One of my poolside ebooks this July was A Woman Lost by T.B. Markinson.
This was my first lesbian romance read and I was surprised how it pulled me in, but I’ve always believed love knows no color or gender, and this romance proves it.
Appealing. Relatable. Laugh out loud in spots.
A Woman Lost is an engaging tale about a historian who must learn that history doesn’t have to define us.
I was pulled into the story right at the beginning. Markinson does a great job of always giving the readers a reason to turn the page. A need to find out more. A nagging question that drives readers wild until the answer is given; which was probably why I finished the book in less than twenty-four hours. 🙂
I adored Lizzie’s relationship with her BFF Ethan. The friendship with Maddie was absolutely great from start to finish. I loved Sarah, but found myself wishing for a bit more background information. In the end, I felt like I knew more about Ethan and Maddie than I did the love interest. All in all, though, A Woman Lost is a great story about love, learning, understanding, and letting it go.
Elizabeth “Lizzie” Petrie has it all. She’s rich, beautiful, intelligent, and successful. None of this matters to her mom. Les-Bi-An. That’s all her mom sees. Even though Lizzie insists her mom’s antagonism does not bother her, Lizzie distances herself from her entire family. When her brother, Peter, calls her out of the blue to announce he’s getting married, Lizzie’s entire life changes drastically. Peter’s fiancée wants to bring the lesbian outcast back into the family. Will this desire cause Lizzie to lose everything dear to her? Sarah, Lizzie’s girlfriend, is ecstatic about this change in Lizzie’s personal life. Sarah, the hopeless romantic, wants it all, including settling down with the fiercely independent Lizzie. Can Lizzie be tamed? And can she survive her family and all of their secrets?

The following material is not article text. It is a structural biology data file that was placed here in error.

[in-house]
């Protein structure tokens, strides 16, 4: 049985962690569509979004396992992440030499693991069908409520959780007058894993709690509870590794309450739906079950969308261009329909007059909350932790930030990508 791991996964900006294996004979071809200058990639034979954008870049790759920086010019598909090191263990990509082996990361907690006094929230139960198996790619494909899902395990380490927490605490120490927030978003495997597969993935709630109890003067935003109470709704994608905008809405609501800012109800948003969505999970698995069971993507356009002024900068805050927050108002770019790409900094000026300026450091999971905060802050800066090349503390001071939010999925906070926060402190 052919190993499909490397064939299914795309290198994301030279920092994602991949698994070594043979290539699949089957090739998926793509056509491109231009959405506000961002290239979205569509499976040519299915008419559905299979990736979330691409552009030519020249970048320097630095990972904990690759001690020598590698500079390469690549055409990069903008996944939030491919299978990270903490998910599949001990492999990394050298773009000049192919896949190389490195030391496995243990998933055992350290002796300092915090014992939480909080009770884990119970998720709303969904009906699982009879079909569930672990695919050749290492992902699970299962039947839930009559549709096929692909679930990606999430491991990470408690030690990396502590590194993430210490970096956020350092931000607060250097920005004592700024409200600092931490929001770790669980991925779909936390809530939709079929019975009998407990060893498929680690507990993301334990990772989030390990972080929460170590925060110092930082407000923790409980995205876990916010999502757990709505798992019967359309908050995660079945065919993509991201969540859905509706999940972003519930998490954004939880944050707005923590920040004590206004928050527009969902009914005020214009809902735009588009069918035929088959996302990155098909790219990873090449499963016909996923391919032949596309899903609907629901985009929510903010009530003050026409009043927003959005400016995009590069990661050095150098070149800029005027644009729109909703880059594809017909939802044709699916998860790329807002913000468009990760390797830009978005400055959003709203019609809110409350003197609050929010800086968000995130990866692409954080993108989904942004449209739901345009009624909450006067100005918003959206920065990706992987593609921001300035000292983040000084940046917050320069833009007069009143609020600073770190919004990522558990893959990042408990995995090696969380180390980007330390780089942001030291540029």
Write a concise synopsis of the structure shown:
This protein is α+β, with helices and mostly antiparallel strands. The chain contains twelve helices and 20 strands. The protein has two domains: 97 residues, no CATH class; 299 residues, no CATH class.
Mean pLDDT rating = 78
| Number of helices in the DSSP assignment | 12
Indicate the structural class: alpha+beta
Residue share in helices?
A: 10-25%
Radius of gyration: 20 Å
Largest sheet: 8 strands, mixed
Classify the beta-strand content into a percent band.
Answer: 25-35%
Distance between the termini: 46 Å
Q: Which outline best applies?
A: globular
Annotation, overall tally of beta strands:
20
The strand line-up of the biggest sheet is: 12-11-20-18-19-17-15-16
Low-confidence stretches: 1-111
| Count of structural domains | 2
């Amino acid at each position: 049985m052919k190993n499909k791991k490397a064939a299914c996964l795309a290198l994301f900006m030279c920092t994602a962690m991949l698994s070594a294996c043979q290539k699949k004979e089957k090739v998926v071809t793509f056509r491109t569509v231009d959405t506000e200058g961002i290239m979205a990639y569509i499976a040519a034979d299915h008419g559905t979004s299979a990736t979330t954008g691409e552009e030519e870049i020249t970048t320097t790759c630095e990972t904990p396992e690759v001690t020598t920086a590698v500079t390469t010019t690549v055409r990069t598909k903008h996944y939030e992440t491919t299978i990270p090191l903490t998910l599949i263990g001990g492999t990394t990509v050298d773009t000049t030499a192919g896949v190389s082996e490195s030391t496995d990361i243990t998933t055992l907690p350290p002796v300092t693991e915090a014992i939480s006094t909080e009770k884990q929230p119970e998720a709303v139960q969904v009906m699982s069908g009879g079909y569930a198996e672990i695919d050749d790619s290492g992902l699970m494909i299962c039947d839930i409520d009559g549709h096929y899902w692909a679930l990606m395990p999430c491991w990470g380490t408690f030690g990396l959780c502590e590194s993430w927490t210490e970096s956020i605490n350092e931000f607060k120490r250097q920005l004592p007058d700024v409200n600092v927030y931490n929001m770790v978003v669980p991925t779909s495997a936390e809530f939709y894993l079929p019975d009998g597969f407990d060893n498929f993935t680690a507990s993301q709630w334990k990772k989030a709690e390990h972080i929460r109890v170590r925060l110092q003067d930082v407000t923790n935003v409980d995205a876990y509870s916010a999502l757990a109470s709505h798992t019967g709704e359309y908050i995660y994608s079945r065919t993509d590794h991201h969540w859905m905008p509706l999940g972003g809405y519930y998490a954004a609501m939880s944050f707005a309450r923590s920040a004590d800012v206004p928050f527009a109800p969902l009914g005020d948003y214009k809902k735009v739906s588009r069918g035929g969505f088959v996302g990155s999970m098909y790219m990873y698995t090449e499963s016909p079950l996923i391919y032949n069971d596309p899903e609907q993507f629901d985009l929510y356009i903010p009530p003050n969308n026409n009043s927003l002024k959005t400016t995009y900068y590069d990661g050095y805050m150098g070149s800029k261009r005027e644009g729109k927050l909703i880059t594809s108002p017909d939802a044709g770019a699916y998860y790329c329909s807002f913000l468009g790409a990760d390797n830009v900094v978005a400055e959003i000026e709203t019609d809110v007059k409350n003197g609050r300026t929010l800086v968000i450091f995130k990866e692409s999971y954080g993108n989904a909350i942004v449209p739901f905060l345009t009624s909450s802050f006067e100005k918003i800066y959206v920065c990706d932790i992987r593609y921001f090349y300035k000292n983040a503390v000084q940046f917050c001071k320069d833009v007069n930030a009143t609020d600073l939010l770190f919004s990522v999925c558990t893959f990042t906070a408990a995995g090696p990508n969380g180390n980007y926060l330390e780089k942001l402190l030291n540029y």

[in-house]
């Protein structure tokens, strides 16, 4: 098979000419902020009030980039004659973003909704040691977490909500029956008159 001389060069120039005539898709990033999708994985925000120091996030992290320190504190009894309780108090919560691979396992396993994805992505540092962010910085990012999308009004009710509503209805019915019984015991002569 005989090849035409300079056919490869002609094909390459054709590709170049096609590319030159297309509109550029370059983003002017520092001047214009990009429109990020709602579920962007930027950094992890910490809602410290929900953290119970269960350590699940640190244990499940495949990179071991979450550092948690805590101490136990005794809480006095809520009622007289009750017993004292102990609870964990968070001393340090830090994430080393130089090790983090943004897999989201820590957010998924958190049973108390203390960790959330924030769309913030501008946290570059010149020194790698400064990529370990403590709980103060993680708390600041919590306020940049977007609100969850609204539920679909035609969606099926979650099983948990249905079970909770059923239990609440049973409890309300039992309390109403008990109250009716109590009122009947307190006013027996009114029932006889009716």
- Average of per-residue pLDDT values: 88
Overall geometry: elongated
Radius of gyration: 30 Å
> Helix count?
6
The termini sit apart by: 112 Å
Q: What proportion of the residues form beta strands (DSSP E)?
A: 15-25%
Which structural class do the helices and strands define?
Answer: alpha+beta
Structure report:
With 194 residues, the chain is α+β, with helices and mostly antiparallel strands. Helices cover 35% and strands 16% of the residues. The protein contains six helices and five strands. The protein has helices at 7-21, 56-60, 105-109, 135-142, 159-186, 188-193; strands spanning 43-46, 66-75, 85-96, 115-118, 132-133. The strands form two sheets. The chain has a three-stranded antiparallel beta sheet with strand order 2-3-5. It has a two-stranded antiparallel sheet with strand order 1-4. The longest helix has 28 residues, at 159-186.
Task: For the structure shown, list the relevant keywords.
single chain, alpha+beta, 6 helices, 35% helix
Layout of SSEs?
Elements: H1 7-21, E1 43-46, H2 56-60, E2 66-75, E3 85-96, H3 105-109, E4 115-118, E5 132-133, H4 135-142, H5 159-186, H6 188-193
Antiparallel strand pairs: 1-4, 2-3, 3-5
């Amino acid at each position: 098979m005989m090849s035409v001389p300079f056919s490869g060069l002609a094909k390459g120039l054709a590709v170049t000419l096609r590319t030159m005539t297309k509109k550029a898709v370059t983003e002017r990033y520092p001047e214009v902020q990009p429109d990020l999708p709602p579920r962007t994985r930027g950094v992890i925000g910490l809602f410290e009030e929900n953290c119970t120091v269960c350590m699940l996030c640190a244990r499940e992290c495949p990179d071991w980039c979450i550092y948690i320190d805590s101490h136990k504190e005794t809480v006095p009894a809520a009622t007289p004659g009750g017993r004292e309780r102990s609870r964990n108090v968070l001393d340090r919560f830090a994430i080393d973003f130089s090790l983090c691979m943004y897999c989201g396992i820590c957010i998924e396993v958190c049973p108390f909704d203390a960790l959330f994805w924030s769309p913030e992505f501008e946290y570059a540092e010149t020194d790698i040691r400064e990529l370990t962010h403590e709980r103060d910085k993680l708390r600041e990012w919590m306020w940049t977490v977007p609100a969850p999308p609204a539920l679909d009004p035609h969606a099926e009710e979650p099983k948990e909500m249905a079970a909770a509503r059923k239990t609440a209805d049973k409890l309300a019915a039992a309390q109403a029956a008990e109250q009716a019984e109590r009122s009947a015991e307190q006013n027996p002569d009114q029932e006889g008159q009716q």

ABOUT THE AUTHOR T. B. Markinson is a 40-year old American writer, living in England, who pledged she would publish before she was 35. Better late than never. When she isn’t writing, she’s traveling the world, watching sports on the telly, visiting pubs in England, or taking the dog for a walk. Not necessarily in that order. A Woman Lost is her debut novel.